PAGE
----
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This past week I received a phone call from an old friend seeking my advice. He and I are from two different worlds: He’s a businessman, and I’m a pastor. He deals with questions of profit and loss, bids, equipment purchases, and hiring practices. I am someone who deals with matters of the heart and questions of the soul. Our bond, however, is more than the sum total of our lifelong friendship. Ultimately, it is our Christian faith that unites us in a significant way.

The question he brought to me was a serious one. It had to do with a young man who is a great worker for his company, but who has a serious substance abuse problem. My friend had given the employee several opportunities to correct his behavior and – like many dealing with addiction – the young man would succeed for short periods of time and then relapse. Despite many promises and an abbreviated attempt at a rehabilitation program, he continued to fall back into the grip of his addiction. What’s a decent boss to do?

Upon first examination, the question is easily answered. One caricature of business would simply dictate that the employee should be fired and someone else should be hired in his stead. Business is business, right? The personal lives of the employees are of no concern or interest to employers, as long as they don’t interfere with work. Once this interference was documented and a pattern of misconduct established, a dismissal was in order and that would neatly and efficiently conclude this troublesome matter.

My friend’s interest in his employee, however, goes far deeper than the above and oft-quoted caricature offers. This employer sees people as more than production. The young employee in question has a wife and children. He has responsibilities and obligations. As he described the situation, my friend spoke of his employee as a person at the crossroads of his life. Before him lay a choice of two paths, one leading to life and the other to personal destruction and, possibly even death.

After talking things over, we, the businessman and the pastor, came up with a plan. My friend would make treatment available to the young man, the support of his family would be guaranteed, and the employee would be held to account for his decisions actions. My friend would even take time away from his own family to accompany his employee to a substance abuse program as a way of demonstrating his commitment to this young man and his family.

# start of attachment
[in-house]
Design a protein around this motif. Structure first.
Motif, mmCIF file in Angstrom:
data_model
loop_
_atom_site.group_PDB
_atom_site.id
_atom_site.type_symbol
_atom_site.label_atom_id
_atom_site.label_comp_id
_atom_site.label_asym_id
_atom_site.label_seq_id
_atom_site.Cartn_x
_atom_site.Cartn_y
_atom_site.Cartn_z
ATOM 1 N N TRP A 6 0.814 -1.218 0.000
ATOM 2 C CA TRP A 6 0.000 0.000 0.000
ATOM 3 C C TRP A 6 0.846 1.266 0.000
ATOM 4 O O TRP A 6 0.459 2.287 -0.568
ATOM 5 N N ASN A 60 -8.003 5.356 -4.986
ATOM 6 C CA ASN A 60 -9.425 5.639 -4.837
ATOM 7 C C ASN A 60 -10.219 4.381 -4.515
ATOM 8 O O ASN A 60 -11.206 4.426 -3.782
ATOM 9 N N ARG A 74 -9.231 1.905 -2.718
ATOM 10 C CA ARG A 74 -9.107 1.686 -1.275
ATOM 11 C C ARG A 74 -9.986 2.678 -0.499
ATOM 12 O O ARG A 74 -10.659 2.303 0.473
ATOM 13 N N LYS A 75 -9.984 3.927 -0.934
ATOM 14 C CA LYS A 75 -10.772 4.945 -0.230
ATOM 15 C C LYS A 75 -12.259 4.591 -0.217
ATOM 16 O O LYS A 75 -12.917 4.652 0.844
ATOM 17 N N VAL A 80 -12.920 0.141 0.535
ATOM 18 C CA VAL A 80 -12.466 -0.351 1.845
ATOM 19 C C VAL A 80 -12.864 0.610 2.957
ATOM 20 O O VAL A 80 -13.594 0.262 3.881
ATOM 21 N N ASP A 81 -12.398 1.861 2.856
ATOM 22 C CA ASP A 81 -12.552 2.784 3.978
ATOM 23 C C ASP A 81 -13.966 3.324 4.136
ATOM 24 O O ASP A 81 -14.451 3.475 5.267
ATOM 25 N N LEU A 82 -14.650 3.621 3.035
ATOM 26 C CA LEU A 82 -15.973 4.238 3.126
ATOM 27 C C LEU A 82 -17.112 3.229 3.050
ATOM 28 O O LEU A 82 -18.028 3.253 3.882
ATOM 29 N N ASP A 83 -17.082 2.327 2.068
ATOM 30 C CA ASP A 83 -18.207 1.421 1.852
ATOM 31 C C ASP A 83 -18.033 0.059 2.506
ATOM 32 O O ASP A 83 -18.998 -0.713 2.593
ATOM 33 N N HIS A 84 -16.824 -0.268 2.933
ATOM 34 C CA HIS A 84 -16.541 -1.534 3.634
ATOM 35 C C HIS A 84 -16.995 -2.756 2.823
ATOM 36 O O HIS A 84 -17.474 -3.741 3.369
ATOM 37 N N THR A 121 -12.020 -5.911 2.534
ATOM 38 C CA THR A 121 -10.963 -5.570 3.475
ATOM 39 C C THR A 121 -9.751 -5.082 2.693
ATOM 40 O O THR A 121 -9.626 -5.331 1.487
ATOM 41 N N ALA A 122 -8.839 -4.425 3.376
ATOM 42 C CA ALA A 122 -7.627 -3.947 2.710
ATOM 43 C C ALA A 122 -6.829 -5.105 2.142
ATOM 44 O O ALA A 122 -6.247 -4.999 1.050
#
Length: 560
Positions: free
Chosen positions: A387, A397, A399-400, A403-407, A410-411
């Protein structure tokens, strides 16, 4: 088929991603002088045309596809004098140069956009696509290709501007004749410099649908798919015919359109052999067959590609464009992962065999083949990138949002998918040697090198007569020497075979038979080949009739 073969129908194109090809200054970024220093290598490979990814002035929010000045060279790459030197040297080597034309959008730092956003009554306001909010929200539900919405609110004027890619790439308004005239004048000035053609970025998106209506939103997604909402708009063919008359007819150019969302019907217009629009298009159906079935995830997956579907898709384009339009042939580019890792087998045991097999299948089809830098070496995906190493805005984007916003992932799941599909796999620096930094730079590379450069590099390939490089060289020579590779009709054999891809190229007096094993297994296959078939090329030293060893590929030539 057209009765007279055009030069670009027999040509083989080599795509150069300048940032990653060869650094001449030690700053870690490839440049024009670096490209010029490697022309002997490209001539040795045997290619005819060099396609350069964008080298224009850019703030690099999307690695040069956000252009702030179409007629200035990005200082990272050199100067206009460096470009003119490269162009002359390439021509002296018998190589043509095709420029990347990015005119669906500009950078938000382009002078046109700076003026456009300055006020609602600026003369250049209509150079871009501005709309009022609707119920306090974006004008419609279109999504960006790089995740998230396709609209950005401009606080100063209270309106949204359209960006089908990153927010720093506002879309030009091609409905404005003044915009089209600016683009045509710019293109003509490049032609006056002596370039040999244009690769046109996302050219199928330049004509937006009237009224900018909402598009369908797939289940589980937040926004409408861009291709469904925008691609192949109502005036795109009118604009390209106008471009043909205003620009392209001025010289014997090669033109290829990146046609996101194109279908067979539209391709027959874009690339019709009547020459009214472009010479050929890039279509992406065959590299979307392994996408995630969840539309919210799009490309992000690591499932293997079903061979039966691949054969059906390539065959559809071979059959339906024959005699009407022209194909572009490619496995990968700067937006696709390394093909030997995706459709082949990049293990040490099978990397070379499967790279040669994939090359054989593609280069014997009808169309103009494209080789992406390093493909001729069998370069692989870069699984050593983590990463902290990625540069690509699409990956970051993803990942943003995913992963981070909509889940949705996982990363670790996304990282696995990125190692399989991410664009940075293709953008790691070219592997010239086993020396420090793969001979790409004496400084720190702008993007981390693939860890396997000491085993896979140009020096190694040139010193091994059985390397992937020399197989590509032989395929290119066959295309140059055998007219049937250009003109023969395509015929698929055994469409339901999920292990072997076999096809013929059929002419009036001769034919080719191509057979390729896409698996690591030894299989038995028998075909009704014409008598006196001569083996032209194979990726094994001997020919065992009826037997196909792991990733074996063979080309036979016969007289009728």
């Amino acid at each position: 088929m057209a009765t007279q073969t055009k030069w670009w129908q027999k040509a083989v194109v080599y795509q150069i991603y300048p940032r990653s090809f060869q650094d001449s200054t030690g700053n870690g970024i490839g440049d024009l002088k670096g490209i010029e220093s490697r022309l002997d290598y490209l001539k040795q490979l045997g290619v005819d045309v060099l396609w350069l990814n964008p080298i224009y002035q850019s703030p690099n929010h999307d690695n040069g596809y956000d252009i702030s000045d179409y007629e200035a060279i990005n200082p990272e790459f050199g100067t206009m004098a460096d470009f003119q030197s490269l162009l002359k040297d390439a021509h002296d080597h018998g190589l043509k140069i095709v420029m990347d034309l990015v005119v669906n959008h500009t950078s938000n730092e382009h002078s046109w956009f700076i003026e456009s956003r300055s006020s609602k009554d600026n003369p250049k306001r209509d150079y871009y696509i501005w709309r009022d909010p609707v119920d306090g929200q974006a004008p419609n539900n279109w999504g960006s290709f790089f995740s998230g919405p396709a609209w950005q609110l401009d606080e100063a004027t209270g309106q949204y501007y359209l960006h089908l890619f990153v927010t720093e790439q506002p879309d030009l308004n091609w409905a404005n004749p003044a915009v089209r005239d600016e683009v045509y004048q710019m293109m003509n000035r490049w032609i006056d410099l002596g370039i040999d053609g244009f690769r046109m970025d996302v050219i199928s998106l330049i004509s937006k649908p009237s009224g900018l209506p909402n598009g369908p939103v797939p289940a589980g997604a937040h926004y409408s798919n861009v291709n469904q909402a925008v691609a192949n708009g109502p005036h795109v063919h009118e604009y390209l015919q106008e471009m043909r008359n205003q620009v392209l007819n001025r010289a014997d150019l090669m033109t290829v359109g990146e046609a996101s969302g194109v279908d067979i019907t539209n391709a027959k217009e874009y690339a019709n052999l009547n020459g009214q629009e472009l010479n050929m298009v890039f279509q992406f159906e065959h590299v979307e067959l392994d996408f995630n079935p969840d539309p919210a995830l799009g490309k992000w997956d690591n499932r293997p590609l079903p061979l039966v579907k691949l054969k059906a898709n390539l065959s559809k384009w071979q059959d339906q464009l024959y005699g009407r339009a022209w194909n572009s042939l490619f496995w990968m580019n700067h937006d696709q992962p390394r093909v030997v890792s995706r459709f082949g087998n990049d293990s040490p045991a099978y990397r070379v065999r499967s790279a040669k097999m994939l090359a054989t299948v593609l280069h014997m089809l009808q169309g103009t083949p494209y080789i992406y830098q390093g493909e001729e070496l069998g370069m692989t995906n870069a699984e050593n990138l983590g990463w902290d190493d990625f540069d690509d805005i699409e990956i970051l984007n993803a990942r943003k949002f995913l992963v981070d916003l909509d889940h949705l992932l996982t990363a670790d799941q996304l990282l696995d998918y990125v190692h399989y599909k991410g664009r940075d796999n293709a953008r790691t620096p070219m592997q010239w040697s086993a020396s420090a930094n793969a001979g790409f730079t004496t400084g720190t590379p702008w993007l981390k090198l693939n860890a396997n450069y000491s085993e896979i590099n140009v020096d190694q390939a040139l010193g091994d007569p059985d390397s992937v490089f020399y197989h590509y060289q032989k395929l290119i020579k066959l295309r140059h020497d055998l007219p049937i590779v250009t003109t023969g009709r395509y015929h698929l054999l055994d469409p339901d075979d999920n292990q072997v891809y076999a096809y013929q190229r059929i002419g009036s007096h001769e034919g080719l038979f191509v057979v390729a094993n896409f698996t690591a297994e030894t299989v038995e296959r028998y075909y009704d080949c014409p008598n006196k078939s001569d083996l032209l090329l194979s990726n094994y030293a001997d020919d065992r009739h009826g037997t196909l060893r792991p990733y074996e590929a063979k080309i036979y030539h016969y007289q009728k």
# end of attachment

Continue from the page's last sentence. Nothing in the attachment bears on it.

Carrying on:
At the end of our conversation, I asked my friend why he would be willing to go to such great lengths for this struggling employee. Certainly, this would not increase his profits. It would be a real distraction to his work of running the business and it would take him away from his own busy and growing family.

The answer he gave was worthy of any theologian. He said, in essence, that his employee was worth it, not because of what he could do for the business but because of who he is. In a theological analysis of this answer, we would say that this businessman and employer recognized in his employee the dignity intrinsic to a person made in the image and likeness of God. This troubled and struggling young man was not someone who could or should be easily dismissed in the name of “efficient management” without considering all the implications for his life and the life of his family. Having read so much in the papers recently about corruption in the business world, this incident reminded me that these types of personal commitments of employers to the greater good of employees are made by countless business leaders every single day. This should not be forgotten.

The business scandals of recent days are a reminder that evil, deception, and corruption are part of the business world. No one can or should deny this sad reality. What must also be remembered is that such things are not representative of the whole or even a large part of those working in the business world. Business people like my friend are a welcome reminder of the great good that business leaders who are committed to decency, goodness, and honesty can accomplish, even when the pursuit of that good comes at a substantial personal sacrifice.

Rev. Gerald Zandstra, an ordained pastor in the Christian Reformed Church in North America, is a senior fellow at the Acton Institute.